For our project ‘The Theory of Chance’, our goal was to design a multi-layered installation utilizing the generative transformation of visuals and light through sound for Dallas Aurora 2015, a light based art event in Dallas, TX. An original score accompanied this concept and community participation was encouraged. The installation comprised an area of approximately 1200 square feet. Four LED panels measuring 12’ h x 4’w hung from a constructed truss system. Attendees could traverse in and out of LED panels creating an open feel. A stage for musicians was to stage right and a VJ booth to stage left.
Artists were invited to submit proposals incorporating light, video, sound and digital work for Aurora 2015: ‘All Together Now’. Proposals were to explore innovative approaches to a public art event that would transform the neighborhood of the Dallas Arts District (68 acres/19 city blocks of downtown Dallas, Texas). Our ‘Theory of Chance’ proposal was selected by curator Aja Martin and was placed at Klyde Warren Park, a 5.2-acre public park. Integrating commissioned artwork into the architecture and landscape including community participation was key to our proposal’s success. The installations selected for Aurora were instrumental in creating an immersive experience for attendees to enjoy art outside of the traditional museum walls. Synesthesia – a term for "the joining of the senses" was the theme for Aurora 2015 - ‘All Together Now’. Artists were asked to propose “works that stimulated a multi-sensory, synaesthetic experience using unexpected materials and technologies to create experiences that connected the borders between the five basic senses: sight, sound, taste, smell, touch.”
With more than 30,000 attendees at Aurora in 2013, this year’s event brought together 60,000 visitors, artists and curators from the local and international community for an immersive sensory experience.
The initial concept and proposal for “The Theory of Chance’ was submitted by Menza Art Studio. A main component the vision was to utilize software that would interactively generate visuals through audio input. Menza proposed visual elements though a combination of in-camera footage and graphic elements creating short clips to be switched live during performance. Composer Mark Menza then created the musical score that would trigger the visual symphony. Gary Levinson, principal associate concertmaster of the Dallas Symphony Orchestra and Freddie Jones, an accomplished jazz trumpet player joined us in the studio ahead of time to record their parts. The recorded music and score was released to the public two weeks prior to event so that they could rehearse the composition. The public was then invited to participate on stage at the event by improvising over the original score. This audio element contributed by community musicians was pivotal as it triggered elements of the visual component that continually transformed throughout the evening. Matt Brooks contributed greatly to this project with his expertise in software bringing the final concept to life.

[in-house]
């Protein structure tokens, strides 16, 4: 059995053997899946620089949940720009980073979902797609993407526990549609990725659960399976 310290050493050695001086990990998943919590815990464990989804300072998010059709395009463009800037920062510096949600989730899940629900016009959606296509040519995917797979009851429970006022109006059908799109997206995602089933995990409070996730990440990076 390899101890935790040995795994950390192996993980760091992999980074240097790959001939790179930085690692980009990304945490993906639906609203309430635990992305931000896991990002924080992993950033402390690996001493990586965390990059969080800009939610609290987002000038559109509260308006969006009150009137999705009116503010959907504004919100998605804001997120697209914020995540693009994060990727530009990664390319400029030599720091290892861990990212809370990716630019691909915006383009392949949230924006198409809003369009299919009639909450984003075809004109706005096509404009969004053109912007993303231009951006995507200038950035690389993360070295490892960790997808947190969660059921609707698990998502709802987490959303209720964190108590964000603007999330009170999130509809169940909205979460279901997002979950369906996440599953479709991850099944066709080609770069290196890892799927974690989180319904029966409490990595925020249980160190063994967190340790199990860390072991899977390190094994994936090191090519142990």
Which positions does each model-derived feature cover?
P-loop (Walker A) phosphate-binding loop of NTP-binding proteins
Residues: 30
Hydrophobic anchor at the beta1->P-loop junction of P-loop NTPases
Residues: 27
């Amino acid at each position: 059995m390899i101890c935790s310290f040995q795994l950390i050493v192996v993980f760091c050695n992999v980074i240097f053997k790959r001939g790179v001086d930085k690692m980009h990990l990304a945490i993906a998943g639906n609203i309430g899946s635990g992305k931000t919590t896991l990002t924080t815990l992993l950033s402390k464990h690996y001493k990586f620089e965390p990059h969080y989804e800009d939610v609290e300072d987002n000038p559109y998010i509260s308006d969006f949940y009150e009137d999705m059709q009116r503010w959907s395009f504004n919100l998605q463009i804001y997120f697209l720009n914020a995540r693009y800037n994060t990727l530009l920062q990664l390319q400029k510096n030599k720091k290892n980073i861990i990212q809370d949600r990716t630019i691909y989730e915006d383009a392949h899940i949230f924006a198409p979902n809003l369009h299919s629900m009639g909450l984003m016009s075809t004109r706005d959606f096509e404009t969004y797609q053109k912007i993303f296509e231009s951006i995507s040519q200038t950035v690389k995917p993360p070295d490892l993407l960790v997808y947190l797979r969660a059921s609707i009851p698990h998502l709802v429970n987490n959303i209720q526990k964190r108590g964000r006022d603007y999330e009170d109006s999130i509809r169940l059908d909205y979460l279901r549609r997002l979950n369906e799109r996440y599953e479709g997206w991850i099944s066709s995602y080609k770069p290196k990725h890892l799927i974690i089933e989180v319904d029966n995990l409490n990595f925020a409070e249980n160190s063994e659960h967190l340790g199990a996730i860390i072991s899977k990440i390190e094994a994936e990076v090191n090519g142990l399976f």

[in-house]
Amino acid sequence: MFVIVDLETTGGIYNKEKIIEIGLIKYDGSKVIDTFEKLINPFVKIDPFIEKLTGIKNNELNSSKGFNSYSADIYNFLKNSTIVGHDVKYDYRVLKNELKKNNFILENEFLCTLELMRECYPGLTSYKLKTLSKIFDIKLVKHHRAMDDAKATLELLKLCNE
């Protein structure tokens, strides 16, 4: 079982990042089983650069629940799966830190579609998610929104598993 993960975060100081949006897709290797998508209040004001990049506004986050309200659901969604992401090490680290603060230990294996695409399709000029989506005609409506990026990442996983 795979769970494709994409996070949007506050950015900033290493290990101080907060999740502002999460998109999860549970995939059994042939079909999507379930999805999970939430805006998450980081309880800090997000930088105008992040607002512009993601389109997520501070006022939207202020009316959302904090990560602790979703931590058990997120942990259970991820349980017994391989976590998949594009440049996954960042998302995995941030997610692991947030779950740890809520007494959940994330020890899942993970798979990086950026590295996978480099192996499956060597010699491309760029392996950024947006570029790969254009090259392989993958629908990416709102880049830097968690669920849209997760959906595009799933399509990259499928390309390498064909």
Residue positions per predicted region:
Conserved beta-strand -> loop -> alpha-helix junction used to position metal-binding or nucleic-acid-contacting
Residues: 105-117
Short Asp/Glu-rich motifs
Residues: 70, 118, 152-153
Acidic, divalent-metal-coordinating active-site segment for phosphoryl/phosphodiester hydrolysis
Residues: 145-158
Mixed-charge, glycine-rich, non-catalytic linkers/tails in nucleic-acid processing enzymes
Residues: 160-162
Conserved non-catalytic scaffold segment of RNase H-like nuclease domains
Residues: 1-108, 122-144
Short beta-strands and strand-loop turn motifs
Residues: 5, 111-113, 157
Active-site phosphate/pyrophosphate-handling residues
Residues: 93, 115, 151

‘The Theory of Chance’ was a great success for the 60,000 attendees of Aurora Dallas 2015. Visitors to our installation were engaged by the continually changing visuals. Many musicians from the community took to the stage during the evening and each performance created a new and unique visual creation. We experienced many favorable comments from those involved at AT&T and Aurora Dallas in the days and weeks that followed. Prior to the event we were featured through AT&T's letter to patrons. http://www.attpac.org/news/2015/10/this-composer-has-synesthesia.-he-wants-to-pass-it-on-to-you-at-aurora./
The Theory of Chance
Interactive instalaltion for Aurora Dallas 2015
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CODA: Collaboration of Design + Art
The global online community that celebrates design projects featuring commissioned artworks.
[ manifesto ]
Art matters. Attention to the details of our environment leads to love of place, which brings us to take responsibility for the spaces where we live and work. And by extension, the people with whom we live and work. And by extension, to our local communities, our cities, our nations, and our world.
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In the process, design professionals promote imagination and creativity, and through their commissions, make original art integral to and accessible in people's lives.
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The architecture of our buildings and the design of our interiors affect our happiness and well-being. Each of us deserves a daily dose of inspiration.